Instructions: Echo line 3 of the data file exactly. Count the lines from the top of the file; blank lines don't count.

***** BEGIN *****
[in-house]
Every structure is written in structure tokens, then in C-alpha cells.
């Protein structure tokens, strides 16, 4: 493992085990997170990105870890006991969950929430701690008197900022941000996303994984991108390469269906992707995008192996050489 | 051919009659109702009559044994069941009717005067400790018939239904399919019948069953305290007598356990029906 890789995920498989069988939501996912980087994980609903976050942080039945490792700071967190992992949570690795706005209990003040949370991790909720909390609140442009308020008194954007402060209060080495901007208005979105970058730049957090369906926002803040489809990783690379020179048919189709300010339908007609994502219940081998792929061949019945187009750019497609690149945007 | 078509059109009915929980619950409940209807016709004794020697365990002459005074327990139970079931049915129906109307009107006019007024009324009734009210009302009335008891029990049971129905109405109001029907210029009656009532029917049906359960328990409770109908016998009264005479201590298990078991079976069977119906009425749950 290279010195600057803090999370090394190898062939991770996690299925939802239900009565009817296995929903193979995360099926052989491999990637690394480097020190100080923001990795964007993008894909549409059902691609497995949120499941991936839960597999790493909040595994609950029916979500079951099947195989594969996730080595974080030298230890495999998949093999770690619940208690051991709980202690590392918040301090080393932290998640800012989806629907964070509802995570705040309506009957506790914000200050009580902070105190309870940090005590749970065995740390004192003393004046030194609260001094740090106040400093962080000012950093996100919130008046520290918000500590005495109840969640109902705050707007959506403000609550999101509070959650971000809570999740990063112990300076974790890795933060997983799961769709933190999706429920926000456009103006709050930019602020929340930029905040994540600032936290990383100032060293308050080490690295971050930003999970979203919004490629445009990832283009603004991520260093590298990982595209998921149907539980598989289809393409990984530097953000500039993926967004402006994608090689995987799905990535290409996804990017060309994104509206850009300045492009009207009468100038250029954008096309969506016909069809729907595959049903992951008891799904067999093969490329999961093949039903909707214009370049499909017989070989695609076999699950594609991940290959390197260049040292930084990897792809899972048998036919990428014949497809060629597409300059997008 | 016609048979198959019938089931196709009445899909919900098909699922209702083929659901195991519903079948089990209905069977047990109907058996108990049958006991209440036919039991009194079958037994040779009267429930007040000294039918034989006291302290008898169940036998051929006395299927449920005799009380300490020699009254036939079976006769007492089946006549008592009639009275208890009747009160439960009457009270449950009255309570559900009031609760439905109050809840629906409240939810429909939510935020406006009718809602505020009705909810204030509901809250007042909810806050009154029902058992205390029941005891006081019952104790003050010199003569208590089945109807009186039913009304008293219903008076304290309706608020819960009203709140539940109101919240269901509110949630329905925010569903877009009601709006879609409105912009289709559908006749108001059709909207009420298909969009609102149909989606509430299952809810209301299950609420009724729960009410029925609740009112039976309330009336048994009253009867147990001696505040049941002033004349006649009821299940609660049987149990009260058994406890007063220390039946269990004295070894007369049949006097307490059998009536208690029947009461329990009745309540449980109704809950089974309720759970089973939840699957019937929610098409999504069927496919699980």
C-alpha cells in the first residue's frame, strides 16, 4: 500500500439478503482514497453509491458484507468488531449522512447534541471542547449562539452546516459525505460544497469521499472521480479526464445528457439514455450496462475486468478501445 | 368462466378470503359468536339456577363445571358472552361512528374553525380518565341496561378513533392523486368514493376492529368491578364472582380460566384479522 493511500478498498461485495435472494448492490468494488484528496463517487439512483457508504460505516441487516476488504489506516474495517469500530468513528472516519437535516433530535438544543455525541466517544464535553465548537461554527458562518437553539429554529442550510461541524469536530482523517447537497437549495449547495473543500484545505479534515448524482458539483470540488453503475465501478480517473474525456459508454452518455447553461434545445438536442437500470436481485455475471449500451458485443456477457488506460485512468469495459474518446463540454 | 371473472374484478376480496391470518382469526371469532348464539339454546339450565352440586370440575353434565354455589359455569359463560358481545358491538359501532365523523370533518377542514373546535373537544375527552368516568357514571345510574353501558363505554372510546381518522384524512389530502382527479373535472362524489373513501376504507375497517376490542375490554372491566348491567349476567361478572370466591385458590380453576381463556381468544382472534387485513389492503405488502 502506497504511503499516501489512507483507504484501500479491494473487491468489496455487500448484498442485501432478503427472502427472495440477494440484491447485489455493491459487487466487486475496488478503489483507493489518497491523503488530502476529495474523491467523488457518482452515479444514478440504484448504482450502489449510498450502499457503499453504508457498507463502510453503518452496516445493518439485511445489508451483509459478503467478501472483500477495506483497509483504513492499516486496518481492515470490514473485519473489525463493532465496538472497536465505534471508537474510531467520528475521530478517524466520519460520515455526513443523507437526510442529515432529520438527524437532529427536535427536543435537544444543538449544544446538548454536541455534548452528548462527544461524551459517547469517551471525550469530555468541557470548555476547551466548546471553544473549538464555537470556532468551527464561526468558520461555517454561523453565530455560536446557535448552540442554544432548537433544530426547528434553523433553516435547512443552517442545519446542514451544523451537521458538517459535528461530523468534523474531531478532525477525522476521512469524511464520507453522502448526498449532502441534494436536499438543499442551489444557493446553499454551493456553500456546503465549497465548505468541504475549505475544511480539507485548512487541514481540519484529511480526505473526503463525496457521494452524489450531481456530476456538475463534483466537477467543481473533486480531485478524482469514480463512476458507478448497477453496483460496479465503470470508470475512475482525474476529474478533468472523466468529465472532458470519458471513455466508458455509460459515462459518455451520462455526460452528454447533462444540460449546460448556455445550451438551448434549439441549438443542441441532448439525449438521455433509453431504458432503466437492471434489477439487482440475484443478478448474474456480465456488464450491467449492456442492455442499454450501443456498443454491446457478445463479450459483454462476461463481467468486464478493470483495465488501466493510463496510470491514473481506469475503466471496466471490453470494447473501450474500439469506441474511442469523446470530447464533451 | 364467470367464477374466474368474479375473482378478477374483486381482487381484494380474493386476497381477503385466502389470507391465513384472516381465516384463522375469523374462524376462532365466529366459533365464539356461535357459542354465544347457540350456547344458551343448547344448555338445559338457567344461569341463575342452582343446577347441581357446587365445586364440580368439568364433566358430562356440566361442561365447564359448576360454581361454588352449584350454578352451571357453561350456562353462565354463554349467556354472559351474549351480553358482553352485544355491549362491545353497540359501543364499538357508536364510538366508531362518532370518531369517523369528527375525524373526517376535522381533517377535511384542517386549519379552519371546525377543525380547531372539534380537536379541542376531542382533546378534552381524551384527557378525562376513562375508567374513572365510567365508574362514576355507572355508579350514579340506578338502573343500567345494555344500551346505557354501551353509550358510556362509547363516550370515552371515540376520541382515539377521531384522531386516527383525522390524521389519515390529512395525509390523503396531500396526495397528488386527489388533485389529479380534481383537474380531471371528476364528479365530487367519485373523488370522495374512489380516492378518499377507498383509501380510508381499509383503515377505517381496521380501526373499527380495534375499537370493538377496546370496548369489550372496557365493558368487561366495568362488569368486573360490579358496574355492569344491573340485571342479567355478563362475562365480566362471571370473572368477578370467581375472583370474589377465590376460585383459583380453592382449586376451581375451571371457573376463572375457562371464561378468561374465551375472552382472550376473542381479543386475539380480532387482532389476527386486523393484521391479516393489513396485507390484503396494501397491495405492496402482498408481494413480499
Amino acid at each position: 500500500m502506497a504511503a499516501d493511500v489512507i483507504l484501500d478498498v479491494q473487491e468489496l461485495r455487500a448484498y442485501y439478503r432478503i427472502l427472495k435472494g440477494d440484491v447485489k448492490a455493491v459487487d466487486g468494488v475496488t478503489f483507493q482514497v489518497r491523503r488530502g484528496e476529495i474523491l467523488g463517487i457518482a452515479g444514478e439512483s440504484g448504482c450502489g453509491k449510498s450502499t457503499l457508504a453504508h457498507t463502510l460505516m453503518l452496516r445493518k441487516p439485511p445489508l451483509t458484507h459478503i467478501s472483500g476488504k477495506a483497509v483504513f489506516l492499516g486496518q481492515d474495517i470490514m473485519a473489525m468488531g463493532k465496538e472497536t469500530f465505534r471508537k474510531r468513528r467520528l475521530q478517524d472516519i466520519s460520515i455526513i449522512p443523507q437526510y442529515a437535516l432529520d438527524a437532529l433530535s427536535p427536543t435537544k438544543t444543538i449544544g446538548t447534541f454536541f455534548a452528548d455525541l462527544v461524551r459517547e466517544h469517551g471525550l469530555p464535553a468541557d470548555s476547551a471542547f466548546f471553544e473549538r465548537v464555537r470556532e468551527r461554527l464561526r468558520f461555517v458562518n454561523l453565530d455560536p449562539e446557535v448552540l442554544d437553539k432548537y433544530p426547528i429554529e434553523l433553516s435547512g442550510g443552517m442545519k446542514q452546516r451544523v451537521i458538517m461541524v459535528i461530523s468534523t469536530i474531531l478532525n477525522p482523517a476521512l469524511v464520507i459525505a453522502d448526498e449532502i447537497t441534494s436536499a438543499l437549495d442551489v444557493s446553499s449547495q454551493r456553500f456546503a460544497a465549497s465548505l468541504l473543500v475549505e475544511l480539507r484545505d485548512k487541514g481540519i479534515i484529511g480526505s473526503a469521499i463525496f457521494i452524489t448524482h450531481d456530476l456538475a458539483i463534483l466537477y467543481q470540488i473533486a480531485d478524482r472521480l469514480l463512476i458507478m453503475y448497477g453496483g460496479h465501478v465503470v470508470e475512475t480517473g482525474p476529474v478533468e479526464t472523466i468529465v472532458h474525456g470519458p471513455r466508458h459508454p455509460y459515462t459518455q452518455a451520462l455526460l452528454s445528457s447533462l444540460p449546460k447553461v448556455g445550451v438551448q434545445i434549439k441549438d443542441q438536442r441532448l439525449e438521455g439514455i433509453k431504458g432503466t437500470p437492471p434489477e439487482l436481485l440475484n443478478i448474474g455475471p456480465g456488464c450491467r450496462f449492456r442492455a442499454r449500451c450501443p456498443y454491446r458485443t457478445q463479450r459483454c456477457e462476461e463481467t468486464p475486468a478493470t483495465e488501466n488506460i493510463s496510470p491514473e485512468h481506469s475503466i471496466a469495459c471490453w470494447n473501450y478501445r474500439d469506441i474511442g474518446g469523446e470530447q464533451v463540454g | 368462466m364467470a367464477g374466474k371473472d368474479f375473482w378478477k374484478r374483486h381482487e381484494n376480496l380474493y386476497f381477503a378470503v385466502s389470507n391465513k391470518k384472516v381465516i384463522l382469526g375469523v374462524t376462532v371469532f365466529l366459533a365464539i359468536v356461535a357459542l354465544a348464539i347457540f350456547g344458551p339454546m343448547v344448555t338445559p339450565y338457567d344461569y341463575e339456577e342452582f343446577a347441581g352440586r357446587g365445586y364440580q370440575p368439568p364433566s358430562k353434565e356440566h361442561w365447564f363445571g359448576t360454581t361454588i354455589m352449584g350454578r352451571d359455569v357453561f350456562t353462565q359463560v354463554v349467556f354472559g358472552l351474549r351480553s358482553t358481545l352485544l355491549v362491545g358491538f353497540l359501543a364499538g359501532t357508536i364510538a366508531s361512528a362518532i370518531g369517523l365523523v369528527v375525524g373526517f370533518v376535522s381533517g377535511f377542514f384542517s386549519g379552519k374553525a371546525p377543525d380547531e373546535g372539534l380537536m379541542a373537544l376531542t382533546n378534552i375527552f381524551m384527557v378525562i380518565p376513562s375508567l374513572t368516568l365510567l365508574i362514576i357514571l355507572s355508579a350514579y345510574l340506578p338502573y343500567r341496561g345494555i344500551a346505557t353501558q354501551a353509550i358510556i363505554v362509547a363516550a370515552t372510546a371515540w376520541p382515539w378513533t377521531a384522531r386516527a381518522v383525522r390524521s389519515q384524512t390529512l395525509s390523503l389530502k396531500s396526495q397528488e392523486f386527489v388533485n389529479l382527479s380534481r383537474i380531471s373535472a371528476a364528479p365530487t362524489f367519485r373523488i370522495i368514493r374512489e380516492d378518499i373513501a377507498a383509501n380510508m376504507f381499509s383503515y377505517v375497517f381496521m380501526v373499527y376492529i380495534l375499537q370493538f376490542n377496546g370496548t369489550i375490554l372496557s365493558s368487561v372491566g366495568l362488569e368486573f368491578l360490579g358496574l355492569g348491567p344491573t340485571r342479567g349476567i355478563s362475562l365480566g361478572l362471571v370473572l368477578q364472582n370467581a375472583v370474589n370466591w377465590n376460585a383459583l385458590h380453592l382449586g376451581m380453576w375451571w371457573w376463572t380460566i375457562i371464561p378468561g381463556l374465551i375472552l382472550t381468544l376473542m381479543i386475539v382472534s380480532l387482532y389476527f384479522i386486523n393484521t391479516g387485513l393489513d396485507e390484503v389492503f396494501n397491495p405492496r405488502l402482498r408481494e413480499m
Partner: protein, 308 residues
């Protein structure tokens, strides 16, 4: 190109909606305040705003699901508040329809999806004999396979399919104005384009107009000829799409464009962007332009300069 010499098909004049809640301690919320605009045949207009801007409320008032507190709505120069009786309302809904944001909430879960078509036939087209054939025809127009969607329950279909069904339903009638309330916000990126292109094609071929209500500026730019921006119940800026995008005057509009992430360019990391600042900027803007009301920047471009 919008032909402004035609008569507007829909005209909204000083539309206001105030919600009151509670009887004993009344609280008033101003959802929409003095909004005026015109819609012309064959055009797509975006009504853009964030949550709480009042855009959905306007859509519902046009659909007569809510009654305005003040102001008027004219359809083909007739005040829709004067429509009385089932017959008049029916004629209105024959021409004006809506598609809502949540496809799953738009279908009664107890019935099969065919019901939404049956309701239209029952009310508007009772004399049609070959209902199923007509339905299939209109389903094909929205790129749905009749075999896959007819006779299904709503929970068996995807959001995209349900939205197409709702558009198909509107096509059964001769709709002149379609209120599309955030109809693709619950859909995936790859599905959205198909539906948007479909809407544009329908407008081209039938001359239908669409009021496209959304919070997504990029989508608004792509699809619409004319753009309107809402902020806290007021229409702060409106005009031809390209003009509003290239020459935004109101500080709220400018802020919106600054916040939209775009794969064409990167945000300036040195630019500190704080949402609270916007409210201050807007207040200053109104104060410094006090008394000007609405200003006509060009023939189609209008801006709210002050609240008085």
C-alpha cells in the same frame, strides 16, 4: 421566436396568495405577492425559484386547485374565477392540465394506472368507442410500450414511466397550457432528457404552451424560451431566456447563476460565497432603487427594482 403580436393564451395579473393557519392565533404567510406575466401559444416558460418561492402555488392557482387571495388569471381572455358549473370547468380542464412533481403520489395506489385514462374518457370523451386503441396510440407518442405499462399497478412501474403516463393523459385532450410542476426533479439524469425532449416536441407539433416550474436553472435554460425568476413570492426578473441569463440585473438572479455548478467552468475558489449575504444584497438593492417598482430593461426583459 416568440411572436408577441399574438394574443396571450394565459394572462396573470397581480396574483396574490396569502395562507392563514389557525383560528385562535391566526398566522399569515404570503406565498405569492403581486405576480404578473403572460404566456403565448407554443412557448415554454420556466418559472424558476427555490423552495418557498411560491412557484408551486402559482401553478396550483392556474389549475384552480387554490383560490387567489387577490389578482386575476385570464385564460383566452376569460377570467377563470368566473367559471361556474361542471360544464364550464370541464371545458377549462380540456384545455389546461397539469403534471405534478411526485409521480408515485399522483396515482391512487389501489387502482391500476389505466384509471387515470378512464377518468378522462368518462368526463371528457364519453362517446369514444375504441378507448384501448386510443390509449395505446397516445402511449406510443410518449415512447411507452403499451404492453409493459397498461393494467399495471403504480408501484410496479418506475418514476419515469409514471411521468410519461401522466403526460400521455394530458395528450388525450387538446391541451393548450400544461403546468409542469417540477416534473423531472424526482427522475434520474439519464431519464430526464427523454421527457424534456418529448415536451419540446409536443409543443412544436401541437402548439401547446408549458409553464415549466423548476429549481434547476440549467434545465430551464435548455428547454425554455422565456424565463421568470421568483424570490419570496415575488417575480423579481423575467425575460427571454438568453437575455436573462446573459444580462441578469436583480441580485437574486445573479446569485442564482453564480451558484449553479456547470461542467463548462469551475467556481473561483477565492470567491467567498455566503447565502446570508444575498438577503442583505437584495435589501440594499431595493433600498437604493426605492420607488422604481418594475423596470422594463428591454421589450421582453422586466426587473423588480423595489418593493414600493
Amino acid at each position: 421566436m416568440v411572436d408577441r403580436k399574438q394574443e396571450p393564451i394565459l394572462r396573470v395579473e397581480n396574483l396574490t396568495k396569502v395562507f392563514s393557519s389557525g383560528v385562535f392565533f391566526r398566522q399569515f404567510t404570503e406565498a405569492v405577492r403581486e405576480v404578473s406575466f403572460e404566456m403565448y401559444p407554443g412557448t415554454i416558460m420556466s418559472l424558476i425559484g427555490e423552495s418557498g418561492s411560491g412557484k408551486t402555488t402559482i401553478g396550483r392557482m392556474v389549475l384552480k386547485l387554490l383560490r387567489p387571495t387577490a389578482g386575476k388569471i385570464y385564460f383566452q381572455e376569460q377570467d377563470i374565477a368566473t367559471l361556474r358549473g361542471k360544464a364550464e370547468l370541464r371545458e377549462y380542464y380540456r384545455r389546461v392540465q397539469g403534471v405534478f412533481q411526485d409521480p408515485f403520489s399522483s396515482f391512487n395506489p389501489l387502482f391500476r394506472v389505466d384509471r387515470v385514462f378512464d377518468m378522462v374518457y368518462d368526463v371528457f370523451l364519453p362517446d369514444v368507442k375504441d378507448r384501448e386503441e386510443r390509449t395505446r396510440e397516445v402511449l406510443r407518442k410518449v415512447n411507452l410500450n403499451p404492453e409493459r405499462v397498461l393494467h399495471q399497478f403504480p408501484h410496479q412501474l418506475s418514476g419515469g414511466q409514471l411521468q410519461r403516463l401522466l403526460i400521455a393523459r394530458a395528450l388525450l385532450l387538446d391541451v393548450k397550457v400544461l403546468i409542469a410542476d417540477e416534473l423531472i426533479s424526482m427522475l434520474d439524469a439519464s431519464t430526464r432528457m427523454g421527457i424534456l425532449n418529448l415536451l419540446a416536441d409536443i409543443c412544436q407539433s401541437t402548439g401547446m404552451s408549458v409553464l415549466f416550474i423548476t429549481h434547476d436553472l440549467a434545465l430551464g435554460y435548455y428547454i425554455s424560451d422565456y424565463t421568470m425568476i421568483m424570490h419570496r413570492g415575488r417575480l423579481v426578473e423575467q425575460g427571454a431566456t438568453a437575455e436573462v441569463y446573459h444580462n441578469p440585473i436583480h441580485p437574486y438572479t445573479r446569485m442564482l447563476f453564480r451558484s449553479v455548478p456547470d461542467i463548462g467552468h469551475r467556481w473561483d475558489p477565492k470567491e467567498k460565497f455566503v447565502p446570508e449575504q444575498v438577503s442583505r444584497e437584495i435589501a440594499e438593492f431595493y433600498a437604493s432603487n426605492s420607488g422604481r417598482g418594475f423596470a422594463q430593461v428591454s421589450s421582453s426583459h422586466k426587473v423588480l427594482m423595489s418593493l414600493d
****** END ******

């Protein structure tokens, strides 16, 4: 493992085990997170990105870890006991969950929430701690008197900022941000996303994984991108390469269906992707995008192996050489 | 051919009659109702009559044994069941009717005067400790018939239904399919019948069953305290007598356990029906 890789995920498989069988939501996912980087994980609903976050942080039945490792700071967190992992949570690795706005209990003040949370991790909720909390609140442009308020008194954007402060209060080495901007208005979105970058730049957090369906926002803040489809990783690379020179048919189709300010339908007609994502219940081998792929061949019945187009750019497609690149945007 | 078509059109009915929980619950409940209807016709004794020697365990002459005074327990139970079931049915129906109307009107006019007024009324009734009210009302009335008891029990049971129905109405109001029907210029009656009532029917049906359960328990409770109908016998009264005479201590298990078991079976069977119906009425749950 290279010195600057803090999370090394190898062939991770996690299925939802239900009565009817296995929903193979995360099926052989491999990637690394480097020190100080923001990795964007993008894909549409059902691609497995949120499941991936839960597999790493909040595994609950029916979500079951099947195989594969996730080595974080030298230890495999998949093999770690619940208690051991709980202690590392918040301090080393932290998640800012989806629907964070509802995570705040309506009957506790914000200050009580902070105190309870940090005590749970065995740390004192003393004046030194609260001094740090106040400093962080000012950093996100919130008046520290918000500590005495109840969640109902705050707007959506403000609550999101509070959650971000809570999740990063112990300076974790890795933060997983799961769709933190999706429920926000456009103006709050930019602020929340930029905040994540600032936290990383100032060293308050080490690295971050930003999970979203919004490629445009990832283009603004991520260093590298990982595209998921149907539980598989289809393409990984530097953000500039993926967004402006994608090689995987799905990535290409996804990017060309994104509206850009300045492009009207009468100038250029954008096309969506016909069809729907595959049903992951008891799904067999093969490329999961093949039903909707214009370049499909017989070989695609076999699950594609991940290959390197260049040292930084990897792809899972048998036919990428014949497809060629597409300059997008 | 016609048979198959019938089931196709009445899909919900098909699922209702083929659901195991519903079948089990209905069977047990109907058996108990049958006991209440036919039991009194079958037994040779009267429930007040000294039918034989006291302290008898169940036998051929006395299927449920005799009380300490020699009254036939079976006769007492089946006549008592009639009275208890009747009160439960009457009270449950009255309570559900009031609760439905109050809840629906409240939810429909939510935020406006009718809602505020009705909810204030509901809250007042909810806050009154029902058992205390029941005891006081019952104790003050010199003569208590089945109807009186039913009304008293219903008076304290309706608020819960009203709140539940109101919240269901509110949630329905925010569903877009009601709006879609409105912009289709559908006749108001059709909207009420298909969009609102149909989606509430299952809810209301299950609420009724729960009410029925609740009112039976309330009336048994009253009867147990001696505040049941002033004349006649009821299940609660049987149990009260058994406890007063220390039946269990004295070894007369049949006097307490059998009536208690029947009461329990009745309540449980109704809950089974309720759970089973939840699957019937929610098409999504069927496919699980």